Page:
What does the derivative really mean?

I was introduced to calculus a few weeks ago, and while I can "solve" problems consisting of derivatives and integrals, I still do not truly understand what the derivative means. Here are some of the arguments/explanations I have heard :

1. Derivative is the instantaneous rate of change.

However, this to me never makes sense, for a change to occur there needs to be an interval, but if there is an interval, then it is not instantaneous?

2. Derivative is the slope of the tangent line.

This is simple and easy to understand, but it I do not understand how the "slope" of the tangent line tells us how "fast" the function is changing at a point.

3. Derivative is the sensitivity of the function at the point.

This to me, is the most appealing definition, at a point, the derivative measures how much my function will change around that point if i make a tiny change in my input variable. However, this still causes a bit of confusion to me. How does this "sensitivity" intuition lead to the limit definition of the derivative?

I am sorry, if I made any conceptual errors in my interpretations of above definitions. It would be a great help if someone could help me understand derivatives better.

• Ultimately what the derivative actually means is its precise limit definition, and nothing else. Any other explanations you see are just imprecise intuitive approximations to that meaning. Jan 23 at 6:33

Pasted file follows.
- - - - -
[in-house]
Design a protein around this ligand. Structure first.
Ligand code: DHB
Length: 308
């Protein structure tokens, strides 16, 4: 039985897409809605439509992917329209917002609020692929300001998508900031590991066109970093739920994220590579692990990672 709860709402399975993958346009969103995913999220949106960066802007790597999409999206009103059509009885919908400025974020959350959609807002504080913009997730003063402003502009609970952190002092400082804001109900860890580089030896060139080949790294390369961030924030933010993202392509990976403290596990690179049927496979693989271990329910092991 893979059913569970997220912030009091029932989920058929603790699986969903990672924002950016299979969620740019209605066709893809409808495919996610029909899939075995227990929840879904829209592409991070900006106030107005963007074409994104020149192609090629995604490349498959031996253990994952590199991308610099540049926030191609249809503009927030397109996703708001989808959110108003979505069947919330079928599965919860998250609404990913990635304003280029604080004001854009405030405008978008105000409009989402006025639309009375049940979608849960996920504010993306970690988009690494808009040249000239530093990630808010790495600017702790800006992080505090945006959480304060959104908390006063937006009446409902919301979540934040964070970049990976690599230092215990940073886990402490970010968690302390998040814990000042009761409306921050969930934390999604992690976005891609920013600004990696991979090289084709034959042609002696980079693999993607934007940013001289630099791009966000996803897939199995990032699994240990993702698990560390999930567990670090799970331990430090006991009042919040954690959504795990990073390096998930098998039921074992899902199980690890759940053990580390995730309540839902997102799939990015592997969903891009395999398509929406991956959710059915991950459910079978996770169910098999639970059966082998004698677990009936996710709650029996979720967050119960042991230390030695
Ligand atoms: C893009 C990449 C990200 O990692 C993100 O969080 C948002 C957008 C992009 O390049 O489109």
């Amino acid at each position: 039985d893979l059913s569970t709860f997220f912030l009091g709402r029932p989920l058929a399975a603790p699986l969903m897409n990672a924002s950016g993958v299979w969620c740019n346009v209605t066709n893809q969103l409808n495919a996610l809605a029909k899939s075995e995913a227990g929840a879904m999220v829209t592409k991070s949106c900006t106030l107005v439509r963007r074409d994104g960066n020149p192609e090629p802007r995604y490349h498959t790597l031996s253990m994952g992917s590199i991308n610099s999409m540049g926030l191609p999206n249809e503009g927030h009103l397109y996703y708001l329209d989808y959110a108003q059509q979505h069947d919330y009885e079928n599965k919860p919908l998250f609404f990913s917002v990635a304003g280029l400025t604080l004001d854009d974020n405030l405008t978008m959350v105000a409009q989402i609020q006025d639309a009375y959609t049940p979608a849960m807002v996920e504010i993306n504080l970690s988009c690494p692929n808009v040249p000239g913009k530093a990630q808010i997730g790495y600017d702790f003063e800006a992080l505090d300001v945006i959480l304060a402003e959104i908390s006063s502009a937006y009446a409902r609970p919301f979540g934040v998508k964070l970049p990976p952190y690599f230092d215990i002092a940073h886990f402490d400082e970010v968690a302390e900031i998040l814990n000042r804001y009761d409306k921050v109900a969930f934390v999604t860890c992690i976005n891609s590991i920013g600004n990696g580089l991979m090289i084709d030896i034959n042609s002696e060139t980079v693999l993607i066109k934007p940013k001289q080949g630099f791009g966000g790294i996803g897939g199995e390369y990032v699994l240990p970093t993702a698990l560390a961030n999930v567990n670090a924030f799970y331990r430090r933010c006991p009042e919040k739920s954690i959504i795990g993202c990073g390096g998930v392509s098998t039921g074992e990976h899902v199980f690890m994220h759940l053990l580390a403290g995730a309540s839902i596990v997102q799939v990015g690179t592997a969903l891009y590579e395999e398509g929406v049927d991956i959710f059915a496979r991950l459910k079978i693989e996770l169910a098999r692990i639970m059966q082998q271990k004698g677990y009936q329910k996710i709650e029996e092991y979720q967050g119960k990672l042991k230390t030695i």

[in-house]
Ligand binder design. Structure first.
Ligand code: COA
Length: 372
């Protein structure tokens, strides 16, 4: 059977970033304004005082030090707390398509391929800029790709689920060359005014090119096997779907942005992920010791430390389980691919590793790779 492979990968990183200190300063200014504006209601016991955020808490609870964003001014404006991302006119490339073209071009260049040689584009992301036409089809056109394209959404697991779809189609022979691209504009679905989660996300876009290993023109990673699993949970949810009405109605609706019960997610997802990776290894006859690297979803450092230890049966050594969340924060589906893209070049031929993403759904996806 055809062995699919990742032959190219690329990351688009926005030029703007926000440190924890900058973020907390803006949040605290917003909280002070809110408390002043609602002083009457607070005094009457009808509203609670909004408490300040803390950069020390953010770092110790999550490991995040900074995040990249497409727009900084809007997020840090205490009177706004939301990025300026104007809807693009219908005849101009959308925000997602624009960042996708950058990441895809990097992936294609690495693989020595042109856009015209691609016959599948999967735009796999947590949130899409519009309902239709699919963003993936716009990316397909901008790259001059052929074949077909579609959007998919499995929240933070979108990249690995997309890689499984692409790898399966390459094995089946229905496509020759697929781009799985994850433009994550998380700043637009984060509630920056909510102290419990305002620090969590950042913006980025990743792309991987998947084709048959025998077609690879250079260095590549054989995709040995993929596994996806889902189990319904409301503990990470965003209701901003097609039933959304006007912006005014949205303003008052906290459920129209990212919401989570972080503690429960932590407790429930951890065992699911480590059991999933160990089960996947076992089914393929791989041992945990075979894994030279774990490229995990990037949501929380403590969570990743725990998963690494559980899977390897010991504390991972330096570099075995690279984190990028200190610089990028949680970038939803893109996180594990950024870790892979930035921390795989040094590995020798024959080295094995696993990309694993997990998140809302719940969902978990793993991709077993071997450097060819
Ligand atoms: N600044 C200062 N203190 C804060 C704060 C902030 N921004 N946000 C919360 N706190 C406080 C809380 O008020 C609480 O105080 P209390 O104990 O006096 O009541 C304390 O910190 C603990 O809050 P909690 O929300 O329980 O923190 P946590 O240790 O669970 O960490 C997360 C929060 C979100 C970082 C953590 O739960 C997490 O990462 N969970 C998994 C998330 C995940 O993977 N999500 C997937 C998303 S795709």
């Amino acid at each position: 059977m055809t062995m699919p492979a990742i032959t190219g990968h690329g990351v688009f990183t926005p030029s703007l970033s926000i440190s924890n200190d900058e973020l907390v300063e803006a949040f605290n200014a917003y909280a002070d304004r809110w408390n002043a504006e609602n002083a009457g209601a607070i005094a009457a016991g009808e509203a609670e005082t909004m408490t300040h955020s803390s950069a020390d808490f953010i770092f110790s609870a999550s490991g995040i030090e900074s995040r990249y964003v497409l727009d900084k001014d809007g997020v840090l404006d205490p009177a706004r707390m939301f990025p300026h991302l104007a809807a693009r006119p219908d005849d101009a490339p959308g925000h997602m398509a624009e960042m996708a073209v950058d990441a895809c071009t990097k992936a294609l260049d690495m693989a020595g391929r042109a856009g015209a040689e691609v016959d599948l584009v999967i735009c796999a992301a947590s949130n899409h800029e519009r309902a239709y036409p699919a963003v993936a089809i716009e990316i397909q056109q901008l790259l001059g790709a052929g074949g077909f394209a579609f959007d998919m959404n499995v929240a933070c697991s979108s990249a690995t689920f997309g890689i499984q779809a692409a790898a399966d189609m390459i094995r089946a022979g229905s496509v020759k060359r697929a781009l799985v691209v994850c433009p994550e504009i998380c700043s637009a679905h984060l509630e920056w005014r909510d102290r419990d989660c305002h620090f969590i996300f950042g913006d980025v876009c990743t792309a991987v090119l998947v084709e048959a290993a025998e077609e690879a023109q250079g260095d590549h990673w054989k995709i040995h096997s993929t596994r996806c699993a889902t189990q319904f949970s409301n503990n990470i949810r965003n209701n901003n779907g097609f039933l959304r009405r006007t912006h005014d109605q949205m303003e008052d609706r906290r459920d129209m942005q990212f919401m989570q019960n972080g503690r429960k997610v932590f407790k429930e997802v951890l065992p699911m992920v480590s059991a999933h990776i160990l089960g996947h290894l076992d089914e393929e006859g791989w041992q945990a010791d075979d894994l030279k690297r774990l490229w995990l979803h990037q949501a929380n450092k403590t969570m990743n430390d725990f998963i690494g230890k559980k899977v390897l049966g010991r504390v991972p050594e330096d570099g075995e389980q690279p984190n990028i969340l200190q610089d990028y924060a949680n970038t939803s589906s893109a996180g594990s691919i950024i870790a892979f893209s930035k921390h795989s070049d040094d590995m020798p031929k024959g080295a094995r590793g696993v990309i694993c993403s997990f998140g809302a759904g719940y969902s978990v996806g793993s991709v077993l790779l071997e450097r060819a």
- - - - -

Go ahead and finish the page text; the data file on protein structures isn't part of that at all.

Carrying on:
• You can try to watch this video from YouTube as it discusses your point where the derivative is an instantaneous rate of change. Jan 23 at 6:35
• You may enjoy reading Feynman's chapter on motion, at least the first three sections. It is packed with more insight than the entertaining style might suggest.
– dxiv
Jan 23 at 6:38
• Suppose you’re driving and you look at the speedometer at a particular moment in time and it says 10 meters per second. In that instant, your velocity is 10 meters per second. Instantaneous velocity is defined as the limit of the average velocity as the duration of the time interval over which we are computing the average velocity approaches $0$. Jan 23 at 6:39
• In my opinion the best intuitive description of the derivative is as the best linear approximation to the function at the given point. There's an interesting bit of "mathematical hermeneutics" here, of course: somehow what's going on is that we start with multiple very simple but somehow flawed intuitions, and then as we develop a precise definition we also develop a more accurate - if more involved - intuition. Jan 23 at 6:41